2. How is the definition of a true worshipper in John 4:23-24 aligned with the display of worship in Rev 4:8, 11?

    a.) Were there any subtle differences of worship between the four living creatures made up of the masses to the 24 elders on God's throne?

    3. Rev 4:8 mentions the living creatures worship Him day and night. The idea of continuous worship, how can we apply such a concept in our daily lives?

    4. Rev 4:1 described an open door upwards to God, an invitation for a more intimate relationship/understanding of God. Has He given you such a door? What has He told you that you can share? Can it be applied towards the Apex congregation, is there an opportunity to go to another "dimension" in our group worship?

    5. Rev 3:20 described a closed door that Jesus stands at and knocks, waiting on us to invite Him in. What are some closed doors you are dealing with that is hindering you from operating in your true identity in Christ? What are some scriptural references to help you open the door and invite His Holy Spirit? (Hint Mike mentioned a few examples during his preaching, i.e. Gal 5:16 and 1 John 4:4).

    6. Rev 3:8 described an open door out, an invitation to an opportunity to do His work the best way He has for you. Do you recognize those opportunities where God wants to use you to expand His kingdom? What are some of these opportunities and how has God given you grace to explore each opportunity?

The Seven Churches - Heart Check

  1. Re-read Revelation 2:18 & verse 23. What opinions might people assume about God’s character?

  2. “The blazing eyes of Jesus searching the church…” Does this cause fear or does it cause faith to rise in you? Why?

  3. The Church of Ephesus & Sardis had “hard hearts.”

    a.) What made their hearts hard, respectively?

    b.) What does Jesus offer instead? Explain.

    c.) Where might you need this same provision in your own life?

  4. The churches of Pergamum and Thyatira had “faint” hearts.

    a.) What made their hearts faint?

    b.) What does Jesus offer instead? Explain.

    c.) Where might you need this same provision in your own life?

  5. The Church of Laodicea was “half-hearted.”

    a.) What made them half-hearted?

    b.) What does Jesus offer instead? Explain.

    c.) Where might you need this same provision in your own life?

  6. “The fire gaze of Jesus isn’t to burn us up into an ash heap, but to set us free from things that hold us back from a soft, strong, and sound heart. Shadrack, Meshack, and Abednego were bound and thrown into a fire (See Daniel 3:19-26) and the purifying presence of God was with them. The only thing the flames consumed is that which held them captive…. God’s work is a work of freedom.”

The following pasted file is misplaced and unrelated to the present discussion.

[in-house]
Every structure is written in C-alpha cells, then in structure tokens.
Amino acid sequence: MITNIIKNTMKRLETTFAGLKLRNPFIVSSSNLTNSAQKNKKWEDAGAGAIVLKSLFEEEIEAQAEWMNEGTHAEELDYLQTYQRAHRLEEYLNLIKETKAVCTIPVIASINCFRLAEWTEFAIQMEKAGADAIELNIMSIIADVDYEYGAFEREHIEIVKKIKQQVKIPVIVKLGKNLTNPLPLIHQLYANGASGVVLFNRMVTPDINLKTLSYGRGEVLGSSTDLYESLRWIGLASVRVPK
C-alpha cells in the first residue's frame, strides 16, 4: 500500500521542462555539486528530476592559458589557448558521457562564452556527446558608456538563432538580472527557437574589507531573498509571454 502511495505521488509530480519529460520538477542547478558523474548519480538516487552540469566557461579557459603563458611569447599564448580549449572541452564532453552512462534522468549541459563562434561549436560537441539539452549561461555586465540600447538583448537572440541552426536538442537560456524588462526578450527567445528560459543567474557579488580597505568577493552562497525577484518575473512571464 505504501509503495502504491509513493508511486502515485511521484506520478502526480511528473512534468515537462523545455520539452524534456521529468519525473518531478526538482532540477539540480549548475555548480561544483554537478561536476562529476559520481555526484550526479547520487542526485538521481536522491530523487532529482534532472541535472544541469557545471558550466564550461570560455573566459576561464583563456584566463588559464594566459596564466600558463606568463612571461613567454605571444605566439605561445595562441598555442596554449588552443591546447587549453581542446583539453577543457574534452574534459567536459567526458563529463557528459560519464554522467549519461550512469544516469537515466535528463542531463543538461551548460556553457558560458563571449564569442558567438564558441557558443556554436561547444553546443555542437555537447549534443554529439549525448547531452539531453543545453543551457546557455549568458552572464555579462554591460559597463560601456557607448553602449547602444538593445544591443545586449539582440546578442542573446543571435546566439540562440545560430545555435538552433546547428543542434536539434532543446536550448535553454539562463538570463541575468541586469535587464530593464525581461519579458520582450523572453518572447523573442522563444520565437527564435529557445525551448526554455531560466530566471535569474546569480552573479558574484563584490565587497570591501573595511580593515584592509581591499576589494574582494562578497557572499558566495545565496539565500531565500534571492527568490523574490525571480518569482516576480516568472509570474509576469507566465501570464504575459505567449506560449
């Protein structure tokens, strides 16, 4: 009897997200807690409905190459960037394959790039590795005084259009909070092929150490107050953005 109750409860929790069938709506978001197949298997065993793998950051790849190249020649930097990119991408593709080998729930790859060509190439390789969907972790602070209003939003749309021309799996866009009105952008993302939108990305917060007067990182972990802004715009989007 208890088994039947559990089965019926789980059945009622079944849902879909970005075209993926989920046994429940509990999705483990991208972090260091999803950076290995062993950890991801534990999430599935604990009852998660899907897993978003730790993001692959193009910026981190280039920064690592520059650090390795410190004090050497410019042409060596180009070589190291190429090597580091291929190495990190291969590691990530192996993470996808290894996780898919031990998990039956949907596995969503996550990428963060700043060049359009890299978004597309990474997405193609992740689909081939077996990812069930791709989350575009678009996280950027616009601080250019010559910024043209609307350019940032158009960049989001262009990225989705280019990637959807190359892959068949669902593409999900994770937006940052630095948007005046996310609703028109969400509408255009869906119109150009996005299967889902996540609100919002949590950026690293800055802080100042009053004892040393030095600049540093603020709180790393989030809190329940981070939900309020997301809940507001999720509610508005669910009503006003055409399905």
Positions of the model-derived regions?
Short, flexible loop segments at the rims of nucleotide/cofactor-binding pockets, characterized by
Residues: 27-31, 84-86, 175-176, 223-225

a.) What part of this resonates the most in your heart?

    b.) What is it in your life that He is working at freeing you from?

    c.) How can others in your house church best walk beside you?

The Seven Churches - The Church in Laodicea

  1. This message concludes the 7 churches of Revelation. Take a moment and think through characteristics and warnings God gives regarding each church (Re-read Revelation chapters 2-3 if needed):

    a.) Which church do you identify with the most in your current season of life?

    b.) What seems to influence, hinder, or entrap you, and how can your house church come alongside you in your journey?

    c.) Take a moment to pray for one another.

  2. The church of Laodicea took on the identity of the self-reliant city in which they lived. What is it that tries to inform your own identity?

  3. “There’s a difference between Jesus being present in your life and Jesus being welcome in your life.” If “present” and “welcome” were on either end of a linear graph, where would you plot your current experience of intimacy with Jesus?

  4. “It’s your birthright as a believer to hear the voice of God in your life” (see John 10:4, 27). What tends to keep you from hearing His voice? [For example: unbelief that God speaks to you; fear that He may lead you in a direction you don’t want to go; distractions and obligations that demand your attention?]

  5. Are there areas of God’s Word you feel lukewarm about -- perhaps because you don’t see how it applies to life, or because you don’t understand it? If so, what?

  6. Read Revelation 3:18-20. According to these verses, what does God promise to do for us so we might enjoy His richness, purity, healing and/or protection? What is our responsibility?

  7. Is there a time in your life when your passion for the Lord was more vibrant?  What happened? How do you return?

The Seven Churches- The Church in Philadelphia

Revelation 3:8 “Behold, I have set before you an open door, which no one is able to shut.”

  1. How does longing for the past (closed doors) affect Apex?

  2. What new open doors can you see for Apex?

  3. What are some closed and open doors that you have recently noticed in your life? How about for your house church? What is your next step?